Alternately, Rushton said, "The idea is, such organizations may choose to cease certain activities rather than violate their conscience." He sent us a Feb. 28, 2012, news story from the conservative Cybercast News Service that quoted the Chicago archbishop, Cardinal Francis George, predicting his area’s Catholic hospitals and health care institutions would close within two years. At that time, George said, he saw four choices: turn secular, pay "exorbitant" fines that are "not economically sustainable," sell out to a non-Catholic operator or shut down.
Cruz, alluding to Obamacare’s contraception insurance coverage mandate, said Democrats told the Catholic Church they would use federal powers to shut down its charities and hospitals if the church doesn’t change its beliefs.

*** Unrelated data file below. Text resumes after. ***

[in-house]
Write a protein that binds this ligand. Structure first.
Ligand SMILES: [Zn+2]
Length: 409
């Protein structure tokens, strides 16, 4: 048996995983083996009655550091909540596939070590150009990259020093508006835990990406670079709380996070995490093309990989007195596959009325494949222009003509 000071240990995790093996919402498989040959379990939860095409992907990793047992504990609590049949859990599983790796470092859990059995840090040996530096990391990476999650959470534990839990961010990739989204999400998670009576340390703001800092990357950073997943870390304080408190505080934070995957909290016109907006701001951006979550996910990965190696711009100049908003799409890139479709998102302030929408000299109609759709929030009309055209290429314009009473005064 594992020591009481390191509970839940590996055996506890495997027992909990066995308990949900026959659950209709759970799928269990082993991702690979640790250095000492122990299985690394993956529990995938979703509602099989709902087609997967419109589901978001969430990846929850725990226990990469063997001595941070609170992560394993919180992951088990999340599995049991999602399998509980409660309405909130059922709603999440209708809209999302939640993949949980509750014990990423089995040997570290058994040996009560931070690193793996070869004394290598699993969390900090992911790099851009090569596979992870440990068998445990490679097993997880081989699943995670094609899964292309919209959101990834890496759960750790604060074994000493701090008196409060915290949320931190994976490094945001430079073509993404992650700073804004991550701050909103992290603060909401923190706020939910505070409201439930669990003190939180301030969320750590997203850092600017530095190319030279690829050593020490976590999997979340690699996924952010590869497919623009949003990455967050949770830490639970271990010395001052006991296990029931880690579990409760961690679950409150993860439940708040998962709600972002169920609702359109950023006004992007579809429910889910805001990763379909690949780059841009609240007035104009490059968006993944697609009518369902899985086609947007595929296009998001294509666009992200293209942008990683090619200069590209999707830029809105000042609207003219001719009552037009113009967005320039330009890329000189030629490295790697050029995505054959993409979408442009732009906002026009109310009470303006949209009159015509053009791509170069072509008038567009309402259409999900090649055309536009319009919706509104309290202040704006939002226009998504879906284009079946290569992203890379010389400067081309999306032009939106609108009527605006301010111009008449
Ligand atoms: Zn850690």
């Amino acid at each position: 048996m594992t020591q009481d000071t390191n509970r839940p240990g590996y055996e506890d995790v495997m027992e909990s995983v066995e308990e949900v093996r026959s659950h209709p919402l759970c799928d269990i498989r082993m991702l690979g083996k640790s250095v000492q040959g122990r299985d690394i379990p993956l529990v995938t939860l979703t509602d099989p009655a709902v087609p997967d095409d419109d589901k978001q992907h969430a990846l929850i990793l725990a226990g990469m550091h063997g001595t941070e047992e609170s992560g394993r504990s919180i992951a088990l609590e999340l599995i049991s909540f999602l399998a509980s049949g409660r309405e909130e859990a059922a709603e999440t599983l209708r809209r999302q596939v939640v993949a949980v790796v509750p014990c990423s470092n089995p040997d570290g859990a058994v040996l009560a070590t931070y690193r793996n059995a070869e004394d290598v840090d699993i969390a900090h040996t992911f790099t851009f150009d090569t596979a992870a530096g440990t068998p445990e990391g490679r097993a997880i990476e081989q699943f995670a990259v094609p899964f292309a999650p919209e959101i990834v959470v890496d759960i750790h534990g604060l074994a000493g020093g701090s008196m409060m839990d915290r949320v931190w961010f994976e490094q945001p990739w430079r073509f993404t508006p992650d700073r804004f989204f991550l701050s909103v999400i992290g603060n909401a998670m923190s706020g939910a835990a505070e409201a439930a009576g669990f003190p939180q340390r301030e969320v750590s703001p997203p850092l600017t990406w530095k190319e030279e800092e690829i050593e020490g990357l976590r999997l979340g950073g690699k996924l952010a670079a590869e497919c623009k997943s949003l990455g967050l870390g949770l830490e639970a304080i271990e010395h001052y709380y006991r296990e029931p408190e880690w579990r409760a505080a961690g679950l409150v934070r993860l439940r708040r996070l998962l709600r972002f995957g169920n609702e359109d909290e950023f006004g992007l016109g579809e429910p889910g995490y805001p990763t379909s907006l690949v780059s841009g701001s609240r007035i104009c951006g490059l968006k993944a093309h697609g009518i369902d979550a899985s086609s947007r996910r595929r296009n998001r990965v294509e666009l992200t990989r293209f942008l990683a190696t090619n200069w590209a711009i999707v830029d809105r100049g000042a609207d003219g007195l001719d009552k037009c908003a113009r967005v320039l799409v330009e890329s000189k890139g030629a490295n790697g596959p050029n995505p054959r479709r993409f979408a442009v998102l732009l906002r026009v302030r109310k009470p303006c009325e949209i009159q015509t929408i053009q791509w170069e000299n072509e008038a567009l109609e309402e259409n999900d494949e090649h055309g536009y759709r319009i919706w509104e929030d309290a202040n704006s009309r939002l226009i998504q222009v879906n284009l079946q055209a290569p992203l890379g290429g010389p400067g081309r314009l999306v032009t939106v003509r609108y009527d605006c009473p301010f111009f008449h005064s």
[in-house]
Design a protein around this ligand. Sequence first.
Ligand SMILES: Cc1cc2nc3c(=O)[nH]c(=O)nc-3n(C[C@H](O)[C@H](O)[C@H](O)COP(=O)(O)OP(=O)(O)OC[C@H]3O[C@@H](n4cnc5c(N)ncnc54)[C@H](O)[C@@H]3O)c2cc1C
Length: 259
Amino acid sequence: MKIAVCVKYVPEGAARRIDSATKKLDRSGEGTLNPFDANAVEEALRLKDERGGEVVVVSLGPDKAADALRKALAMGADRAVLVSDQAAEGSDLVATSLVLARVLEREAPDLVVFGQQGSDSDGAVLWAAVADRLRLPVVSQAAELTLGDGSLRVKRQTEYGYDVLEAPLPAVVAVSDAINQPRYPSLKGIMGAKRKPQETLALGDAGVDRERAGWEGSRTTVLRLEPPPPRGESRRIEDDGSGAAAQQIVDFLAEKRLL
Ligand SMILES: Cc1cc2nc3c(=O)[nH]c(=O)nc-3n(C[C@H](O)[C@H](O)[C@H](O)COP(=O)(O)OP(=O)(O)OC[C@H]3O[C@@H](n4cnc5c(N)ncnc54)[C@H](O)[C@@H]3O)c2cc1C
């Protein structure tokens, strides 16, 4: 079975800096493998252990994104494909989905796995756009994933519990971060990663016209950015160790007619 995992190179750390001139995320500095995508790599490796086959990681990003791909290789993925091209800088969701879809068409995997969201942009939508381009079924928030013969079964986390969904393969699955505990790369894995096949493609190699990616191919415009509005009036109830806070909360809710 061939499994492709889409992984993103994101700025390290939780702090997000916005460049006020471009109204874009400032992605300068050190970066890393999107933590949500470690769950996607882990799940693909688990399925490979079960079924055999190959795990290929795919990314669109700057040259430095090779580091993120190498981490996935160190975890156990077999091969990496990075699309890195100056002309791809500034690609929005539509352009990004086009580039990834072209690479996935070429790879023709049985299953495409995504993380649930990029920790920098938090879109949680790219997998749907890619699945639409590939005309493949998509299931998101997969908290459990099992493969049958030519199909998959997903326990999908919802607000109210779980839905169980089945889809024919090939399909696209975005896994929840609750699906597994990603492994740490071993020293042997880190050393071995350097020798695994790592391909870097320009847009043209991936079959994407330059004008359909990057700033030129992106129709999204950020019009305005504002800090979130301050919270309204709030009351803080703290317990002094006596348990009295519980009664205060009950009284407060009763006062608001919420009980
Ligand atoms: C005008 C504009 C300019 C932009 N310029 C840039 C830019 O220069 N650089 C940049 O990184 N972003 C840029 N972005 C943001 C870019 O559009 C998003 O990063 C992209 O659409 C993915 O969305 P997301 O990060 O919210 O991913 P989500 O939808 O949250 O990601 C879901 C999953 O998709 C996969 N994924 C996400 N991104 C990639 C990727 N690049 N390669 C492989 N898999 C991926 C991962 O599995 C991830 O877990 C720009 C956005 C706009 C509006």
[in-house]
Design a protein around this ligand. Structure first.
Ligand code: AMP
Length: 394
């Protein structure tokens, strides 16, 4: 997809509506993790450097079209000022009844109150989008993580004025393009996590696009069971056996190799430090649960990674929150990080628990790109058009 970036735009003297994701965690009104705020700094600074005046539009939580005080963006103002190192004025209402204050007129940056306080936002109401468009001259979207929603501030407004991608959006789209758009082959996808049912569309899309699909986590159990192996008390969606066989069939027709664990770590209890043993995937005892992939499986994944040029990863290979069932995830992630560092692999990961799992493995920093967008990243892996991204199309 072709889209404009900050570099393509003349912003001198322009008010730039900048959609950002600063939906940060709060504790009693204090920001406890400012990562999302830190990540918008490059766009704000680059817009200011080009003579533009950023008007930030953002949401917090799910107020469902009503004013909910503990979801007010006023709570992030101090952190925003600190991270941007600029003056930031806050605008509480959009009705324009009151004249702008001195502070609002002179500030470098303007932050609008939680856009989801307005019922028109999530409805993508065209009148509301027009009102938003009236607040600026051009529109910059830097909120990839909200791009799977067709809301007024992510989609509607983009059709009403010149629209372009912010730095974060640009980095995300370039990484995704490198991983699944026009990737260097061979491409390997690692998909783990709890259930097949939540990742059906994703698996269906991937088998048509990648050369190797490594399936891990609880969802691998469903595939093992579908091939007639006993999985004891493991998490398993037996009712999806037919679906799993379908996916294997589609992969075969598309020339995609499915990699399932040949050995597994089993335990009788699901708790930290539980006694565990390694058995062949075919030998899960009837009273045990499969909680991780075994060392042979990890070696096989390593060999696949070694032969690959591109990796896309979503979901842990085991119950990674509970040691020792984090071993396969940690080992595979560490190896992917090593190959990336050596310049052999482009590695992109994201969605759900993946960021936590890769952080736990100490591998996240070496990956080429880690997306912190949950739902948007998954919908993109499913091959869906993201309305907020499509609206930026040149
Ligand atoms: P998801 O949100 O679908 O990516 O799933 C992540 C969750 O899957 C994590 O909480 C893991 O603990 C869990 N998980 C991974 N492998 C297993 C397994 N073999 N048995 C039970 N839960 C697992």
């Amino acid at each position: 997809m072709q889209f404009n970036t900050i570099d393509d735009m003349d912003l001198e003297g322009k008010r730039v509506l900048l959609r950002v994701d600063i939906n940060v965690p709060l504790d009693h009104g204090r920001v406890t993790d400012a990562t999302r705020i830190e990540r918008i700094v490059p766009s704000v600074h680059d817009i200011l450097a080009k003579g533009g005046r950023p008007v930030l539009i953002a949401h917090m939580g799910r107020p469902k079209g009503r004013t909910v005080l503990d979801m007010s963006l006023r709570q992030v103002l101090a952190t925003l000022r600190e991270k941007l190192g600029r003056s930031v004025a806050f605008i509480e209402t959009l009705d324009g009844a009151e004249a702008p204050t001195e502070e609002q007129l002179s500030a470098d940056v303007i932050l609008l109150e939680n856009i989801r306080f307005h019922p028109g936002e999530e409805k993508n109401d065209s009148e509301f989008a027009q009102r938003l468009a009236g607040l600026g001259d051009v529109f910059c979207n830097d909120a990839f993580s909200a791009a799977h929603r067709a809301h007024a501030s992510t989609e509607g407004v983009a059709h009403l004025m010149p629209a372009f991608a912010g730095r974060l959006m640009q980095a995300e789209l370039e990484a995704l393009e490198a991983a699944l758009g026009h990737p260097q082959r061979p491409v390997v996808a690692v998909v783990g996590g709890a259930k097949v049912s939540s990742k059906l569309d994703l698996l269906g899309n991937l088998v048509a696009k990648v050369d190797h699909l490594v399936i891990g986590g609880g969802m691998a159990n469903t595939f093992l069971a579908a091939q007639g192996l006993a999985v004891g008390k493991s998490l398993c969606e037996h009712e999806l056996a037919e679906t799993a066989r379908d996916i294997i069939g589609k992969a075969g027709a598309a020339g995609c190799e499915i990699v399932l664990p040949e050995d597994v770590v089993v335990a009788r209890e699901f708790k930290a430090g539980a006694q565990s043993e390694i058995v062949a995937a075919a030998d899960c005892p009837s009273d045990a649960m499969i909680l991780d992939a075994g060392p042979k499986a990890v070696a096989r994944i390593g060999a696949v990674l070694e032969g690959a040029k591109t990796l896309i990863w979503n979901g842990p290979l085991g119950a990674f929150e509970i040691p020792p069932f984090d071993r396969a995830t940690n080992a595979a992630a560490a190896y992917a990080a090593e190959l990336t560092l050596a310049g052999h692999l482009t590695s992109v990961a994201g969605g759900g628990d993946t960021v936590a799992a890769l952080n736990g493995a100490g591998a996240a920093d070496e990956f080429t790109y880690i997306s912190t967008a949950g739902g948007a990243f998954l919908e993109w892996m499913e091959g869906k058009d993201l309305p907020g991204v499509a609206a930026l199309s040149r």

We found no sign of such a statement -- or anything close.
The Catholic bishops have said that potential accumulated fines resulting from refusals to carry out the contraception mandate will cause some institutions to shut down.
Perhaps. However, such prospects do not reflect a direct threat from Democrats or the government. To the contrary, the administration has moved to widen the mandate’s exemption for religious employers and provide a workaround for those who act as their own insurance providers -- with the goal of allowing affected parties to continue their work without violating or changing their beliefs.
This claim proved both incorrect and ridiculous. Pants on Fire!